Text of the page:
Mimosaceae, Rubiaceae, Apocyanceae, Alangiaceae and Loganiaceae were the most specious families in the tropical dry deciduous forest of Piranmalai, while in the adjacent Shervarayan hills Euphorbiaceae and Rubiaceae were most dominant (Kadavul and Parthasarathy 1999a). Broad leaved forests in Taiwan showed Lauraceae and Rubiaceae to be dominant (Hara et al., 1997).
In central Amazonian upland forests, Leguminoasae, Lauraceae, Sapotaceae, Chrysobalanceae and Moraceae were the richest families (Ferreira and Prance, 1998).
The family dominance changed from the sites I, II stands to sites III, IV stands and to sites V, VI stands the change being more conspicuous in the sites I and II stands. A similar result has also been reported by (Thorington et al., 1982), (Parthasarathy and Karthikeyan, 1997) and (Parthasarathy and Sethi, 1997). The drastic variation in tree species composition and abundance among the six sites, is evidently due to anthropogenic activities, especially in sites I and II stands.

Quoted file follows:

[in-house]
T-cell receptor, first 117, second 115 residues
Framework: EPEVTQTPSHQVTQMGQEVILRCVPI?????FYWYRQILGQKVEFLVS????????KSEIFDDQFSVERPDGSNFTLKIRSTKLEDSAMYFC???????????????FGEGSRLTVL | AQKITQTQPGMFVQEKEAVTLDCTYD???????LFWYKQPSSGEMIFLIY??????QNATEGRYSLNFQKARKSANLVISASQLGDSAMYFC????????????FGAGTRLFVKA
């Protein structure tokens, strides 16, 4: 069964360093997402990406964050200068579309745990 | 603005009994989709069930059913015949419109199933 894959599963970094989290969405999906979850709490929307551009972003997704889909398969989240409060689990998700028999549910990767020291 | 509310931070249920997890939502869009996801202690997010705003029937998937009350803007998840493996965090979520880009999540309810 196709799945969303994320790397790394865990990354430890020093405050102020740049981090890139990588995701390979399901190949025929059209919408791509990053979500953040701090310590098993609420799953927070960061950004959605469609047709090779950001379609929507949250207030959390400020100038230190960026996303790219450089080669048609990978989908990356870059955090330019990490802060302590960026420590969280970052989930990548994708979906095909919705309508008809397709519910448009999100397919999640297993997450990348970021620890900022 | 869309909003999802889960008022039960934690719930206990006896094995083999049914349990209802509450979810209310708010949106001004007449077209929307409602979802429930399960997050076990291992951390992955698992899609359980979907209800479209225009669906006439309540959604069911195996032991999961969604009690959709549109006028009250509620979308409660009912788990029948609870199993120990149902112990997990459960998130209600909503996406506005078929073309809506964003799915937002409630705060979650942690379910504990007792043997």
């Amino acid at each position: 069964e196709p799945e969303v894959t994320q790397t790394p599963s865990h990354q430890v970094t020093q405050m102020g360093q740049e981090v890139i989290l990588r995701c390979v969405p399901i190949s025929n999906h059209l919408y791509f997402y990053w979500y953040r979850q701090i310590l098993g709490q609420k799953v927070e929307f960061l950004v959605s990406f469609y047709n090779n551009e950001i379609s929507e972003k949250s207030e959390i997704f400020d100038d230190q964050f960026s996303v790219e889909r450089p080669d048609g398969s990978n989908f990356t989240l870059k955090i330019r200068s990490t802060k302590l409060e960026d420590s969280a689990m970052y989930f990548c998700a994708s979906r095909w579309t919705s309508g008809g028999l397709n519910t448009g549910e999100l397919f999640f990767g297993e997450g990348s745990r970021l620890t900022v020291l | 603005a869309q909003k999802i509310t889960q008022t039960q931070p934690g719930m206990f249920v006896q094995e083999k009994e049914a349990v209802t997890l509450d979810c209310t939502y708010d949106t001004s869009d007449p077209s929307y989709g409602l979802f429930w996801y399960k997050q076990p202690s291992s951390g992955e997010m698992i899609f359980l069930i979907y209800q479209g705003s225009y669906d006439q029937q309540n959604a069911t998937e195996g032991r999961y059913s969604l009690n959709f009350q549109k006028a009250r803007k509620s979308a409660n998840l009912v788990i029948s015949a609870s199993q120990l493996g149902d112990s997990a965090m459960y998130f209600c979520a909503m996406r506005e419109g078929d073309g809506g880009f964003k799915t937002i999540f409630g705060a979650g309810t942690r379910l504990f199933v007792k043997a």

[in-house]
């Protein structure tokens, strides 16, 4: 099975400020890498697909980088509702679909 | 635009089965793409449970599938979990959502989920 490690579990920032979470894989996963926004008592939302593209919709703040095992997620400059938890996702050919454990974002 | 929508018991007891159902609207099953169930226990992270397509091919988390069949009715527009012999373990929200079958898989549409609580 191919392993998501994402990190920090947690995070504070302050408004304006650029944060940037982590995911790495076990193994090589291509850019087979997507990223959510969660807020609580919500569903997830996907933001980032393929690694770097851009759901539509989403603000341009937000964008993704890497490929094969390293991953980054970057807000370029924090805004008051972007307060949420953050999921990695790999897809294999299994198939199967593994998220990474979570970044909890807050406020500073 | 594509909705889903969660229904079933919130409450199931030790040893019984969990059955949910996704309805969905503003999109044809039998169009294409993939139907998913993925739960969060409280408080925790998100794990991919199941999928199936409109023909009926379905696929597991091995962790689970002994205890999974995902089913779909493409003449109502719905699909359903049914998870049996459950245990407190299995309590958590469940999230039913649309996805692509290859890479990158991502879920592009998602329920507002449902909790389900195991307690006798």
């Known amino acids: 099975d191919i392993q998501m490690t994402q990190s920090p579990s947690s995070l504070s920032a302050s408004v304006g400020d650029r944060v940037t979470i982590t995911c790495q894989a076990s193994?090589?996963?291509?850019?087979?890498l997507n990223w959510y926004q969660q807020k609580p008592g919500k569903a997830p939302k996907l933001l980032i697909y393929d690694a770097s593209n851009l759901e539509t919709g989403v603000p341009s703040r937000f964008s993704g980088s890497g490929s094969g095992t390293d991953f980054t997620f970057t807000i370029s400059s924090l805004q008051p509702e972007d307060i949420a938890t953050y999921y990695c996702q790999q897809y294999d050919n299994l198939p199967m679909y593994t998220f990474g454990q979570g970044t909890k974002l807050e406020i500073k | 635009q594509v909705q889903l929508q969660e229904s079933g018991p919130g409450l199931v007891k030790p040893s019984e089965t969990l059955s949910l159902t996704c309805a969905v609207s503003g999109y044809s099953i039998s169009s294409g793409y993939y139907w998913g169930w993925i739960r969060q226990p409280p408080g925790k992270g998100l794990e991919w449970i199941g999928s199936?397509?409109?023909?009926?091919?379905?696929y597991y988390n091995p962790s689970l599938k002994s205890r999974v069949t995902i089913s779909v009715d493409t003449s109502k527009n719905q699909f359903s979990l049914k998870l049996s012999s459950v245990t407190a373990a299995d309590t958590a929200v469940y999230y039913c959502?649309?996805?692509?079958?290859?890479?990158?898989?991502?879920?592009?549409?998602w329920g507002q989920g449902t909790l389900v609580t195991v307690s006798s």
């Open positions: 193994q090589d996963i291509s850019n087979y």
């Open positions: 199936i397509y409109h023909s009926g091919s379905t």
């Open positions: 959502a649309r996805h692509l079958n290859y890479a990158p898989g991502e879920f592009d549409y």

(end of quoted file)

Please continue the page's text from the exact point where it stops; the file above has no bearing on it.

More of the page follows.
The trend of decreasing diversity and density with increasing Girth class was in conformity with the studies of (Hara et al., 1997), (Jeffre and Veillon, 1990), (Kadavul and Parthasarathy, 1999a), (Newbery et al., 1992) and (Paijmans, 1970). In the present study sites IV and V stands, matured stands with good regeneration were reported from Jenka forest reserve, Malaysia (Poore 1968; Ho et al., 1987), Costa Rica (Lieberman et al., 1985), Brazilian Amazon (Swaine et al., 1987; Campbell et al., 1992), Sungei Menyala in Malaysia (Manokaran and Kochummen, 1987), Mudumalai in India (Sukumar et al., 1992) and in Monteverda, Costa Rica (Nadkarni et al., 1995). Sites I and II stands respectively with had low density in smaller and larger girth classes. This corroborates our field observation during this investigation. In site I and II stands, smaller Girth class trees were easy to cut and transport as head loads since the sites were closer to union road and human settlements. Majority of the cut trees were recorded in first and second Girth classes ie. (30-60 and 60-90 cm gbh). These findings indicated the preference of lower Girth class wood by the villagers to meet the household fuel wood demand and also the demand of poles for construction purposes.